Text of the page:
Research articles on evidence-based treatments we provide at Advanced Pain Centres
Using near infrared light to manage symptoms associated with restless legs syndrome
The purpose of this study was to determine whether the application of near infrared (NIR) light could positively modulate symptoms associated with restless legs syndrome (RLS). Twenty-one subjects with RLS were treated with NIR three times weekly for four weeks. Baseline measures of: (1) international restless legs syndrome rating scale (IRLSRS) score; (2) Semmes Weinstein monofilament (SWM) test; (3) visual analog pain scale (VAS); (4) ankle-brachial index (ABI); and (5) sonographic imaging of the popliteal and posterior tibial arteries were compared to post-treatment values. NIR (850 nm) was delivered transcutaneously at 8 J/cm2 to four locations on each leg and the plantar surface of each foot. A pre-test–post-test one group design was employed. Baseline and post-treatment measures were compared using either a dependent t-test when data were normal or the Wilcoxon signed rank test in the absence of normality. A significant improvement in IRLSRS scores was observed. Sensation improved from less than protective in 16.6% of sites tested at the baseline to 13.4% post-intervention. There was a significant improvement in ABI scores. VAS and sonographic imaging measures other than ABI remained unchanged. The use of NIR to modulate symptoms associated with RLS was supported by the data.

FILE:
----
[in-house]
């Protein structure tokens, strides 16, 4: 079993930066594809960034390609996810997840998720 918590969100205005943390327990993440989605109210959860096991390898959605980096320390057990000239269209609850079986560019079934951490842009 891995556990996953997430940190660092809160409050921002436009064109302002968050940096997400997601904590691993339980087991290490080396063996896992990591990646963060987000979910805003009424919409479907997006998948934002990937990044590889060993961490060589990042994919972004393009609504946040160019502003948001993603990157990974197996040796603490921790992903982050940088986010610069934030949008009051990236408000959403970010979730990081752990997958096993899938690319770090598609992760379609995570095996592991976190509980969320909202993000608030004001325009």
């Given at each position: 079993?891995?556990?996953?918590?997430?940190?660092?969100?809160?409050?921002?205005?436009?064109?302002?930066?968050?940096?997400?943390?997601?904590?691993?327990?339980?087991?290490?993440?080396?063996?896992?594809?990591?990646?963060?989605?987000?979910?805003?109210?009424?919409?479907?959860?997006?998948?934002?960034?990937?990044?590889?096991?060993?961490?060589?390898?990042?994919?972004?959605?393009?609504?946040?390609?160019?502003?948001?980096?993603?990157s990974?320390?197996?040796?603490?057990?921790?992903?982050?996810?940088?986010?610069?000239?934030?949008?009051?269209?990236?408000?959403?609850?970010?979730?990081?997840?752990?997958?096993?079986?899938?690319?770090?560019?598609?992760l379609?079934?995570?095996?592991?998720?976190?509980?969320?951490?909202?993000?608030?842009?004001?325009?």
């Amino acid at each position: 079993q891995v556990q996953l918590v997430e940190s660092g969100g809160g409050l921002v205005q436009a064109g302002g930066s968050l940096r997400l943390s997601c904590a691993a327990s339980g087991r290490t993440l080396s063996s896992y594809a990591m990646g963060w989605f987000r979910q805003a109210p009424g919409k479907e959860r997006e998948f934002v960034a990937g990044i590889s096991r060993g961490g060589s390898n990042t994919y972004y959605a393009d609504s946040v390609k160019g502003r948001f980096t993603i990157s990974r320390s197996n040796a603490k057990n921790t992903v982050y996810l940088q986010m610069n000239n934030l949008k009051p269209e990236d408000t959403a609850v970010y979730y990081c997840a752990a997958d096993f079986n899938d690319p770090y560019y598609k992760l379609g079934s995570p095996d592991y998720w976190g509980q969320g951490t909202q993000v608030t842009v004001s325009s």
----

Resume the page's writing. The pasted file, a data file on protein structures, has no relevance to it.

Source: Physiotherapy Theory and Practice
An International Journal of Physical Therapy
Volume 32, 2016 – Issue 1
Infrared Light as Intervention to Improve Peripheral Sensation in an Individual Suffering from Peripheral Neuropathy: A Case Report
We describe a treatment for patients suffering from peripheral neuropathy. Current treatment is focused on prevention of adverse outcomes, rather than addressing the associated circulatory and sensory deficits common to peripheral neuropathy. We describe the use of near-IR light to address the patient’s sensory loss, pain and lowered function.
A 62 year old Caucasian male diagnosed as Type II diabetic was treated in this study. Using the Semmes Weinstein Monfilament Test, the Visual Analog Pain Scale and the Foot Function Index, he was found to have decreased foot sensation, pain and decreased lower extremity function. He received near-IR at 12 J/cm2 per treatment location, 3 times per week for 6 weeks. The light treatment was administered using a hand held probe over the lumbosacral spinal roots paravertebrally and on six locations on each foot. Post testing showed marked improvement in all three areas measured. These improvements were clinically significant based on the established minimally clinically important difference values for each of the three measures. The results suggest that near-IR energy may be an effective intervention to decrease pain, improve function, and increase sensation in individuals suffering from peripheral neuropathy. Basic research suggests that near-IR may increase blood flow. This result is believed to be achieved as a result of the relationship near-IR has with nitric oxide. Additional research is needed to establish the efficacy and generalizability of this treatment for patient populations similar to the patient represented in this case report.